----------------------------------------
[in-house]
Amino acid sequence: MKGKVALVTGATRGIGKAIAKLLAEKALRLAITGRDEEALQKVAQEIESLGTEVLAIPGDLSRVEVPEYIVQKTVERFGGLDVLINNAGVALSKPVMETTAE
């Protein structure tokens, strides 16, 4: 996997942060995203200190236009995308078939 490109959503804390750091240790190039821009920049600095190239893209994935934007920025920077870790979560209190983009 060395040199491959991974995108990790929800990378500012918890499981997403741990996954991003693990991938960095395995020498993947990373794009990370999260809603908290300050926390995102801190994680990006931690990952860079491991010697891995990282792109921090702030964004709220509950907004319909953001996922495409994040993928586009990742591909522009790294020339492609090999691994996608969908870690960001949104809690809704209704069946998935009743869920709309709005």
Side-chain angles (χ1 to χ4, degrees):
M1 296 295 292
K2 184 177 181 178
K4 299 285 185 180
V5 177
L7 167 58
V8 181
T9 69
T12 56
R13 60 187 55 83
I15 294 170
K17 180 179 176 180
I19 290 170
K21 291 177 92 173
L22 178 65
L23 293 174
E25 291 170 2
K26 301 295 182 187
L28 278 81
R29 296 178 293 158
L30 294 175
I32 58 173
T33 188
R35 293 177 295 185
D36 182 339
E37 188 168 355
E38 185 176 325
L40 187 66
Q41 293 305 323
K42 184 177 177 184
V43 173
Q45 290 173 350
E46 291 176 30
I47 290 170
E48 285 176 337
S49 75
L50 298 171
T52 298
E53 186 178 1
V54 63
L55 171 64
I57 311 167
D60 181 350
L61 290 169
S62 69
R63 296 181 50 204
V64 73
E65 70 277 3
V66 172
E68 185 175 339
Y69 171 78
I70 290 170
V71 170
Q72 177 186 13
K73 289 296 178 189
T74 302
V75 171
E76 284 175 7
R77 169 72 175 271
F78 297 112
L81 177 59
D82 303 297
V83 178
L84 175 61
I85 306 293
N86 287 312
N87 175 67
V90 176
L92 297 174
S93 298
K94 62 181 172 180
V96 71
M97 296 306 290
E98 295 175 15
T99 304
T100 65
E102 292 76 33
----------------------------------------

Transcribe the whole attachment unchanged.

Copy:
[in-house]
Amino acid sequence: MKGKVALVTGATRGIGKAIAKLLAEKALRLAITGRDEEALQKVAQEIESLGTEVLAIPGDLSRVEVPEYIVQKTVERFGGLDVLINNAGVALSKPVMETTAE
């Protein structure tokens, strides 16, 4: 996997942060995203200190236009995308078939 490109959503804390750091240790190039821009920049600095190239893209994935934007920025920077870790979560209190983009 060395040199491959991974995108990790929800990378500012918890499981997403741990996954991003693990991938960095395995020498993947990373794009990370999260809603908290300050926390995102801190994680990006931690990952860079491991010697891995990282792109921090702030964004709220509950907004319909953001996922495409994040993928586009990742591909522009790294020339492609090999691994996608969908870690960001949104809690809704209704069946998935009743869920709309709005």
Side-chain angles (χ1 to χ4, degrees):
M1 296 295 292
K2 184 177 181 178
K4 299 285 185 180
V5 177
L7 167 58
V8 181
T9 69
T12 56
R13 60 187 55 83
I15 294 170
K17 180 179 176 180
I19 290 170
K21 291 177 92 173
L22 178 65
L23 293 174
E25 291 170 2
K26 301 295 182 187
L28 278 81
R29 296 178 293 158
L30 294 175
I32 58 173
T33 188
R35 293 177 295 185
D36 182 339
E37 188 168 355
E38 185 176 325
L40 187 66
Q41 293 305 323
K42 184 177 177 184
V43 173
Q45 290 173 350
E46 291 176 30
I47 290 170
E48 285 176 337
S49 75
L50 298 171
T52 298
E53 186 178 1
V54 63
L55 171 64
I57 311 167
D60 181 350
L61 290 169
S62 69
R63 296 181 50 204
V64 73
E65 70 277 3
V66 172
E68 185 175 339
Y69 171 78
I70 290 170
V71 170
Q72 177 186 13
K73 289 296 178 189
T74 302
V75 171
E76 284 175 7
R77 169 72 175 271
F78 297 112
L81 177 59
D82 303 297
V83 178
L84 175 61
I85 306 293
N86 287 312
N87 175 67
V90 176
L92 297 174
S93 298
K94 62 181 172 180
V96 71
M97 296 306 290
E98 295 175 15
T99 304
T100 65
E102 292 76 33